Last year, Ford announced that it was shutting down Argo AI, the self-driving commercial vehicle company that it had invested heavily in over the past few years. While this decision seemed a bit surprising at first, the automaker’s reasoning for doing so was that it had come to the determination that Level 4 and Level 5 autonomous driving tech likely won’t become profitable for a long time, so instead, FoMoCo decided to focus its efforts on Level 2 and Level 3 driver aids. Since then, Ford has created a new company to do just that – Latitude AI – which employs former Argo AI engineers and uses its facilities, to boot. Meanwhile, Ford’s rival General Motors has been working on developing its own autonomous tech via a separate entity called Cruise, though CEO and founder Kyle Vogt recently announced that he was departing the company following a bit of a scandal, and now, several other leaders have been fired, according to GM Authority.
Along with Vogt’s departure from Cruise – which was followed by the resignation of co-founder Daniel Kan – the company has been in a bit of a downward spiral, laying of 24 percent of its staff. Now, the company has announced that a host of other executives are also being let go, a list that includes COO Gil West, Chief Legal Officer Jeff Bleich, Cruise Head of Government Affairs David Estrada, and Vice-President of Global Affairs Prashanthi Raman.
“As a company, we are committed to full transparency and rebuilding trust, and operating at the highest standard when it comes to safety, integrity and accountability,” Cruise co-president Craig Glidden said in a statement. “As a result, we believe new leadership is necessary to achieve these goals.”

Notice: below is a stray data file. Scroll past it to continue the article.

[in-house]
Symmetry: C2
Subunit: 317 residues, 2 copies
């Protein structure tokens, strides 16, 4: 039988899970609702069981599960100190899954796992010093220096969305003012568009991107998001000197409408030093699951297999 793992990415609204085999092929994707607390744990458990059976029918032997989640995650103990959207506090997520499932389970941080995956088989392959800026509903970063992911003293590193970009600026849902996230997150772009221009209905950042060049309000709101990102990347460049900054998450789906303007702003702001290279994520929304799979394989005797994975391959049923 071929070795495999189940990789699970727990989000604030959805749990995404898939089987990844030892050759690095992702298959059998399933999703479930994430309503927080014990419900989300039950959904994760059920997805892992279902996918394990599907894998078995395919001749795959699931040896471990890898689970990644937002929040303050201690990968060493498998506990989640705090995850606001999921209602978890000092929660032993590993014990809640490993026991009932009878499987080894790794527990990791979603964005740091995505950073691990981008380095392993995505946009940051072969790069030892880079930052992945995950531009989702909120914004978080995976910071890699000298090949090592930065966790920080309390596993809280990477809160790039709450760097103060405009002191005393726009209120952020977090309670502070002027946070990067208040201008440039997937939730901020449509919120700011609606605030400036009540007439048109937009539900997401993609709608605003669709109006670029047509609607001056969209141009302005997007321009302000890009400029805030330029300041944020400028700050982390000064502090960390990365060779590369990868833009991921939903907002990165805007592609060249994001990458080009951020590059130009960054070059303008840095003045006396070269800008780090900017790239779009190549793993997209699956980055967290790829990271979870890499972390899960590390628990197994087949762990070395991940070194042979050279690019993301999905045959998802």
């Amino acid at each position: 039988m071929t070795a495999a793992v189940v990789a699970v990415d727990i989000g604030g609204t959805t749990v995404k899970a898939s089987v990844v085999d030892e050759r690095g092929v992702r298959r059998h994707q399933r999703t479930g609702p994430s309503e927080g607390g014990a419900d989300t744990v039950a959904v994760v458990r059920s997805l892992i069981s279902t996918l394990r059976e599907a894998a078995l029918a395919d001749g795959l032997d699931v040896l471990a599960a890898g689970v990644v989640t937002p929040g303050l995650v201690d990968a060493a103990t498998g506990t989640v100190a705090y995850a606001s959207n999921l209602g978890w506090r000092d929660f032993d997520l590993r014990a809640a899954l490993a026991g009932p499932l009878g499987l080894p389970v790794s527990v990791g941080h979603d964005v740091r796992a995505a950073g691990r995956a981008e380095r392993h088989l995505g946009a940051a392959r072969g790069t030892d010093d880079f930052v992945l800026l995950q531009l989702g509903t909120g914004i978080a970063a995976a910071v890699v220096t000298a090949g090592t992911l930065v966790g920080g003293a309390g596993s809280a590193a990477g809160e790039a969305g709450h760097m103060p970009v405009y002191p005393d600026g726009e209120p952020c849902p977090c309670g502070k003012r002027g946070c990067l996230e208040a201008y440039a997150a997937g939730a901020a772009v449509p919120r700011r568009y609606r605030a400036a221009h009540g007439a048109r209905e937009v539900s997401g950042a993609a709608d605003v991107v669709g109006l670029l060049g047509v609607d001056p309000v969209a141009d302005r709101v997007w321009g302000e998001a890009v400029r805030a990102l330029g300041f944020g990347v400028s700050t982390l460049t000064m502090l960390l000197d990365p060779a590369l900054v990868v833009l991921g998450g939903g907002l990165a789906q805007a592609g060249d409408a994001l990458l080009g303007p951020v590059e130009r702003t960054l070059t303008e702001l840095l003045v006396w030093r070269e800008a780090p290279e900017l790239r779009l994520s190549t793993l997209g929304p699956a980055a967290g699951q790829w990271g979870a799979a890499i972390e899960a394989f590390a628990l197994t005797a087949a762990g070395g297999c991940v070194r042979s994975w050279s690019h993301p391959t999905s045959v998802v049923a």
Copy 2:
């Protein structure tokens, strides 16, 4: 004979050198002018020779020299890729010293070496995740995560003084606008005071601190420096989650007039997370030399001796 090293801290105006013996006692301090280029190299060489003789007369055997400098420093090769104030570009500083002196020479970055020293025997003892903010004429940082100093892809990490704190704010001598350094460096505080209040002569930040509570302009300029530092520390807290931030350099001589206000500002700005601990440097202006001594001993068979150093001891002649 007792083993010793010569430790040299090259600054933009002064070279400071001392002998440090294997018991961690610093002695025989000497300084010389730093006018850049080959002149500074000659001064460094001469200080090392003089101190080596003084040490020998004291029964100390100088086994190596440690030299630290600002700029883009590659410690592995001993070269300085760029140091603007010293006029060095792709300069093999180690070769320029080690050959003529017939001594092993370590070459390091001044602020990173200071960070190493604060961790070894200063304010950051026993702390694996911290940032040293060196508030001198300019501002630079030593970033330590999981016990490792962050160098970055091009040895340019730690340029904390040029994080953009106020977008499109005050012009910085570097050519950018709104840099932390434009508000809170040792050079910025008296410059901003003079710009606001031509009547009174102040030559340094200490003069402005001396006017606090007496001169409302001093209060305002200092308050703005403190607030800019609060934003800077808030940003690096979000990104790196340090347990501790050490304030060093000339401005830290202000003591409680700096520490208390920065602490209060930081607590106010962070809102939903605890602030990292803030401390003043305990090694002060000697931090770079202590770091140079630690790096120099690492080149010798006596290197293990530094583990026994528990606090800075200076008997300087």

“The personnel decisions made today are a necessary step for Cruise to move forward as it focuses on accountability, trust, and transparency,” a GM spokesperson added. “GM remains committed to supporting Cruise in these efforts.”
As Ford Authority previously reported, an autonomous Cruise vehicle trapped and drug a pedestrian down the road this past October after that person was hit by another vehicle, while the company has also been facing an investigation from the National Highway Traffic Safety Administration (NHTSA) and a California DMV driverless permit suspension as a result. Following all of this, Cruise decided to suspend all of its autonomous rides in as it continues to investigate what went wrong in the aforementioned case, and recently issued a recall designed to update the collision detection system in its robotaxis.